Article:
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  • Print publication year: 2015
  • Online publication date: July 2015

6 - Critical junctures and institutional change

from Part III - Tools for temporal analysis

Critical juncture analysis is popular in comparative-historical analysis (CHA) since it provides tools for studying the political origins and reform of important institutional arrangements that exert a long-lasting influence on their social and political environment. This chapter clarifies a number of theoretical and conceptual issues, explores the strengths and weaknesses of the critical juncture approach, and proposes a methodological strategy for studying critical junctures in comparative perspective.

It is necessary to define the scope of the discussion by making two preliminary observations. First, the “dual” model of historical development intrinsic to critical juncture analysis – shorter phases of fluidity and change alternating with longer periods of stability and adaptation – has been applied to a wide range of outcomes and entities, from individual life histories to the development of groups and organizations and the evolution of entire societies (e.g., Swidler 1986, 280). In this chapter, I focus on the use of the concept of critical junctures in the context of the development of institutions, broadly defined as organizations, formal rules, public policies, political regimes, and political economies. These have generally been the object of critical juncture analysis in CHA in both political science and sociology.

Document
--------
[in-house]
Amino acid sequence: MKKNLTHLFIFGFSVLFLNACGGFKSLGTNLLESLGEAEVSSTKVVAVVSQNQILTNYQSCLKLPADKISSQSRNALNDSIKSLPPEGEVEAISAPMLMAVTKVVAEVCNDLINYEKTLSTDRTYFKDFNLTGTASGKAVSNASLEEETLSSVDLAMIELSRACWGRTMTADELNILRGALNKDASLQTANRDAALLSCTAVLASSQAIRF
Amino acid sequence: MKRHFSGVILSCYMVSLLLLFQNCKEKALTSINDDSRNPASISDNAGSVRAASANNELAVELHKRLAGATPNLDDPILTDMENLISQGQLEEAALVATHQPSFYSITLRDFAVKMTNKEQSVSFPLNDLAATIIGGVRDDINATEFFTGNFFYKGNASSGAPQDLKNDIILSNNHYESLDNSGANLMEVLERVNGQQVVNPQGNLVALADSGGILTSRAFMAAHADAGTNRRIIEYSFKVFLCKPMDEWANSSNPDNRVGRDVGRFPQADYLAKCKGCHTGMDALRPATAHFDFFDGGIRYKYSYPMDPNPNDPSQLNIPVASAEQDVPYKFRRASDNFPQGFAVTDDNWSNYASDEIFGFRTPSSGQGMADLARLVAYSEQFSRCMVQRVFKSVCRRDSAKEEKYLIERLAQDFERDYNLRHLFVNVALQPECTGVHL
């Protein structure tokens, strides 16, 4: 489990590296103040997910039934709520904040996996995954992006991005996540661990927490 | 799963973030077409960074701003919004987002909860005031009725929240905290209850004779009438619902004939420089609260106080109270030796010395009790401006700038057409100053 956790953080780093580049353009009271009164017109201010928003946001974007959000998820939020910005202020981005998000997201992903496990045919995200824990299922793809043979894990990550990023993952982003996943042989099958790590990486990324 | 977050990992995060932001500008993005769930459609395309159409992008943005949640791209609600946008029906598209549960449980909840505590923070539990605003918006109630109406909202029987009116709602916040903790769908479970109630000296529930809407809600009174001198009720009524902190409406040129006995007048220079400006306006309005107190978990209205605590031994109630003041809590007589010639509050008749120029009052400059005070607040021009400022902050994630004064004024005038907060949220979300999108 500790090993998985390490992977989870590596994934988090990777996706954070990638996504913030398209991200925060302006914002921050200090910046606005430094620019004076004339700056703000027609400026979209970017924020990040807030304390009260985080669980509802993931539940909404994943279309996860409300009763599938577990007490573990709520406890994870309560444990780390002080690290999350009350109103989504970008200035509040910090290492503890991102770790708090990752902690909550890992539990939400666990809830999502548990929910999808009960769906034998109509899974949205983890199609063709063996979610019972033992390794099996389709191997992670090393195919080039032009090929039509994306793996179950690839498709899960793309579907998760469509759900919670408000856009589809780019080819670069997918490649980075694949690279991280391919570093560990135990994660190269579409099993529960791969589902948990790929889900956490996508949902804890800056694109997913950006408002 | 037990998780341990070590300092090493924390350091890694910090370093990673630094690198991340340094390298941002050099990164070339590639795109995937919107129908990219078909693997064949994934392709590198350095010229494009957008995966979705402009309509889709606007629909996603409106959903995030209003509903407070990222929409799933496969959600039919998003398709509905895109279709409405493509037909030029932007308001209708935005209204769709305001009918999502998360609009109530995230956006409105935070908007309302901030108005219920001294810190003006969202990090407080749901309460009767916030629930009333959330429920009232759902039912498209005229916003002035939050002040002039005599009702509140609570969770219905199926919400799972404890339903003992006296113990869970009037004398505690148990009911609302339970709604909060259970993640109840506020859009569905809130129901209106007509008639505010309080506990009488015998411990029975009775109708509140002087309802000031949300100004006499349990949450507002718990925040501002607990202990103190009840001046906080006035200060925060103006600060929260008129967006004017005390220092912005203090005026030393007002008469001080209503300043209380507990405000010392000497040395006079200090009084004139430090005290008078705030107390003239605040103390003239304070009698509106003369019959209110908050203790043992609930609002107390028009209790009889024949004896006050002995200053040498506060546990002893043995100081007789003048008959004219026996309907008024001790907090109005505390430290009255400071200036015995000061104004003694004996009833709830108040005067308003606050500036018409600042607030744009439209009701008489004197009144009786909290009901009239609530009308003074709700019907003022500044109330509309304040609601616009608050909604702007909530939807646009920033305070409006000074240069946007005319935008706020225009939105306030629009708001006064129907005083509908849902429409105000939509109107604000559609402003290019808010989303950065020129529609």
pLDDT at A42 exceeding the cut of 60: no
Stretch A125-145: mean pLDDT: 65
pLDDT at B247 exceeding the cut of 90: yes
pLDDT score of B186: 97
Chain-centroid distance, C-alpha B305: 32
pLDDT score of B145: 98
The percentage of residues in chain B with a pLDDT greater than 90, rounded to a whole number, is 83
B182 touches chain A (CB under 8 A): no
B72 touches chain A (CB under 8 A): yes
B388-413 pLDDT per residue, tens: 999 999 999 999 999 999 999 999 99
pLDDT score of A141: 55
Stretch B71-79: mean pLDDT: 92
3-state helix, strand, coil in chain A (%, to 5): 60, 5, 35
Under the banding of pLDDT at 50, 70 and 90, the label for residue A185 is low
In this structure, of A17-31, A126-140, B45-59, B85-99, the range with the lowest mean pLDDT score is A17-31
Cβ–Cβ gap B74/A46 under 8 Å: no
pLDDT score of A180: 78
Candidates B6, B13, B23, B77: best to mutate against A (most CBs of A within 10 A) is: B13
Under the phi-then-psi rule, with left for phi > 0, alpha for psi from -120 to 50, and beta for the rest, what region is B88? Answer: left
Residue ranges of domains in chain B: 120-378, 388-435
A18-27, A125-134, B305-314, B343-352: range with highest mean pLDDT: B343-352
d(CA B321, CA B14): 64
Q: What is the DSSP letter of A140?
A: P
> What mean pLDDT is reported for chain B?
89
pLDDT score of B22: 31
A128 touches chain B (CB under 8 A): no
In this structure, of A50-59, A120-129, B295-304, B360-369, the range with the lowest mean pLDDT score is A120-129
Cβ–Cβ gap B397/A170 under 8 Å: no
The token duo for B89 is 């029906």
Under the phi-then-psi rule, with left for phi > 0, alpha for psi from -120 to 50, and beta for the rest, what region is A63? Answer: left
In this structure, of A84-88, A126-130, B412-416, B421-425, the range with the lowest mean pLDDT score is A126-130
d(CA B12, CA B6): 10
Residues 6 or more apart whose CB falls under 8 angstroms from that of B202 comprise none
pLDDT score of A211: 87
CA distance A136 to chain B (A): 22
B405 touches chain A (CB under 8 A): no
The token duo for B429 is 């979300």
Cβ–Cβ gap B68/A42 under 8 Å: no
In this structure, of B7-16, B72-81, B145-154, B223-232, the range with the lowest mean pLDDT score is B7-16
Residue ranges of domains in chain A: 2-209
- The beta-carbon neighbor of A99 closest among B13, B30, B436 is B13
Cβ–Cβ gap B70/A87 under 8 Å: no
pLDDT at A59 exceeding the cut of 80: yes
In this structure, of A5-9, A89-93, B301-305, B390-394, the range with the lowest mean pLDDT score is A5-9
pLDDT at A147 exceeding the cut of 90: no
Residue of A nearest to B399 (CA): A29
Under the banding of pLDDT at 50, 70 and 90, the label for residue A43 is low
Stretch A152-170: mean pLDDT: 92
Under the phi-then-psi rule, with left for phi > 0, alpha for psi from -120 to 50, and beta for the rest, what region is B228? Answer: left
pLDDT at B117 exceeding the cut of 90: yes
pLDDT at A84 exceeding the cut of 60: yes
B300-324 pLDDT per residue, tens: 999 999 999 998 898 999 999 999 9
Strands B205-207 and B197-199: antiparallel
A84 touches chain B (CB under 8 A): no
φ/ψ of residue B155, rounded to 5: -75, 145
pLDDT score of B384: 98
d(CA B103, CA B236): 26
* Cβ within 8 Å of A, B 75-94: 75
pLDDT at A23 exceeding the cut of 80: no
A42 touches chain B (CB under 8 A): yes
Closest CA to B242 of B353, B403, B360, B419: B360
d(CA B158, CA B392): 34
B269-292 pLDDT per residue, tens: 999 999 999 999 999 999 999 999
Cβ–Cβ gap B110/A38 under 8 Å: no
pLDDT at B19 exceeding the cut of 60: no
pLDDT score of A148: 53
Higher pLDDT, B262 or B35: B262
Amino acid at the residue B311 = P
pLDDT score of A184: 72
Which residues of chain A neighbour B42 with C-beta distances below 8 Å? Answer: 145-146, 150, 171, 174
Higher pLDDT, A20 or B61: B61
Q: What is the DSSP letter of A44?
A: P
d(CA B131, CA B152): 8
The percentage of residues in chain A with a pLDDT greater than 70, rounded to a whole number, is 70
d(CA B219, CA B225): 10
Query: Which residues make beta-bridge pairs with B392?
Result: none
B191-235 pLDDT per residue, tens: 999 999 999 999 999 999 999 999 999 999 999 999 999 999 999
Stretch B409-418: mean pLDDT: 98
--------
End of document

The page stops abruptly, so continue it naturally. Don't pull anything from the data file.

Second, within CHA, the concept of critical juncture applies only to the analysis of path-dependent institutions and not to all forms of institutional development. The analysis of critical junctures is a part of path dependence arguments, according to which institutional arrangements put in place at a certain point in time become entrenched because of their ability to shape the incentives, worldviews, and resources of the actors and groups affected by the institution. In this analytical context, critical junctures are cast as moments in which uncertainty as to the future of an institutional arrangement allows for political agency and choice to play a decisive causal role in setting an institution on a certain path of development, a path that then persists over a long period of time.

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